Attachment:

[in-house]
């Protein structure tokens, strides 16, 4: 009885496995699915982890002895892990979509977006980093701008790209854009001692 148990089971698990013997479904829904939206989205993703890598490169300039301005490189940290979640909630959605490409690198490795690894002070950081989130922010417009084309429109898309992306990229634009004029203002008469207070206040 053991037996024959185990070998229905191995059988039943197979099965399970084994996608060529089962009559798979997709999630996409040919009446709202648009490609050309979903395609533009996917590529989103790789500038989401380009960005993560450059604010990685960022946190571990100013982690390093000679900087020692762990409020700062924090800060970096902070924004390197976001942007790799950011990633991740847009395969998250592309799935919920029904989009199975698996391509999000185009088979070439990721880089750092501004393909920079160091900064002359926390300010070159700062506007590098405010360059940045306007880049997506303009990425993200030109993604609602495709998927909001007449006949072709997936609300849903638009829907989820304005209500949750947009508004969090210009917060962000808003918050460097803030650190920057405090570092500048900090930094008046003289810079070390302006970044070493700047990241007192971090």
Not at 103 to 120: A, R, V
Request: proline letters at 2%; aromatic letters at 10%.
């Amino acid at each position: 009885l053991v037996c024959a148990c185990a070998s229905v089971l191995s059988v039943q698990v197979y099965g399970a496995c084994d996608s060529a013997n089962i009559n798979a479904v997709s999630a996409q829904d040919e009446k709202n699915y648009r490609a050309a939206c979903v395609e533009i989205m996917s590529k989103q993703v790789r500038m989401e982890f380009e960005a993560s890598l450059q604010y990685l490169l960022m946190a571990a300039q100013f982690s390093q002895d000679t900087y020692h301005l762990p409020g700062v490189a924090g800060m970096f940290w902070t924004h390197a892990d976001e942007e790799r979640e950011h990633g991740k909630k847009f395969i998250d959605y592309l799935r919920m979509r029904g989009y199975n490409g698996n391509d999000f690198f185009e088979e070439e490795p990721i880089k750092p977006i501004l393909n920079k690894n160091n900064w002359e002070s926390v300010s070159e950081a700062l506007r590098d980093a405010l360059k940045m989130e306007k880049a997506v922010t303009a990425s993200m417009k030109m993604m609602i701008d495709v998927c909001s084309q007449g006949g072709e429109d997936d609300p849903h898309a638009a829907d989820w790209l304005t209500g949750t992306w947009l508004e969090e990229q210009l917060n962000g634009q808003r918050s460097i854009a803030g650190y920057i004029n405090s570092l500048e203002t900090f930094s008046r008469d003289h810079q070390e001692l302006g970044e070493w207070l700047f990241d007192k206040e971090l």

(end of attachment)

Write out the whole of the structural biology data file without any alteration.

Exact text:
[in-house]
């Protein structure tokens, strides 16, 4: 009885496995699915982890002895892990979509977006980093701008790209854009001692 148990089971698990013997479904829904939206989205993703890598490169300039301005490189940290979640909630959605490409690198490795690894002070950081989130922010417009084309429109898309992306990229634009004029203002008469207070206040 053991037996024959185990070998229905191995059988039943197979099965399970084994996608060529089962009559798979997709999630996409040919009446709202648009490609050309979903395609533009996917590529989103790789500038989401380009960005993560450059604010990685960022946190571990100013982690390093000679900087020692762990409020700062924090800060970096902070924004390197976001942007790799950011990633991740847009395969998250592309799935919920029904989009199975698996391509999000185009088979070439990721880089750092501004393909920079160091900064002359926390300010070159700062506007590098405010360059940045306007880049997506303009990425993200030109993604609602495709998927909001007449006949072709997936609300849903638009829907989820304005209500949750947009508004969090210009917060962000808003918050460097803030650190920057405090570092500048900090930094008046003289810079070390302006970044070493700047990241007192971090």
Not at 103 to 120: A, R, V
Request: proline letters at 2%; aromatic letters at 10%.
């Amino acid at each position: 009885l053991v037996c024959a148990c185990a070998s229905v089971l191995s059988v039943q698990v197979y099965g399970a496995c084994d996608s060529a013997n089962i009559n798979a479904v997709s999630a996409q829904d040919e009446k709202n699915y648009r490609a050309a939206c979903v395609e533009i989205m996917s590529k989103q993703v790789r500038m989401e982890f380009e960005a993560s890598l450059q604010y990685l490169l960022m946190a571990a300039q100013f982690s390093q002895d000679t900087y020692h301005l762990p409020g700062v490189a924090g800060m970096f940290w902070t924004h390197a892990d976001e942007e790799r979640e950011h990633g991740k909630k847009f395969i998250d959605y592309l799935r919920m979509r029904g989009y199975n490409g698996n391509d999000f690198f185009e088979e070439e490795p990721i880089k750092p977006i501004l393909n920079k690894n160091n900064w002359e002070s926390v300010s070159e950081a700062l506007r590098d980093a405010l360059k940045m989130e306007k880049a997506v922010t303009a990425s993200m417009k030109m993604m609602i701008d495709v998927c909001s084309q007449g006949g072709e429109d997936d609300p849903h898309a638009a829907d989820w790209l304005t209500g949750t992306w947009l508004e969090e990229q210009l917060n962000g634009q808003r918050s460097i854009a803030g650190y920057i004029n405090s570092l500048e203002t900090f930094s008046r008469d003289h810079q070390e001692l302006g970044e070493w207070l700047f990241d007192k206040e971090l």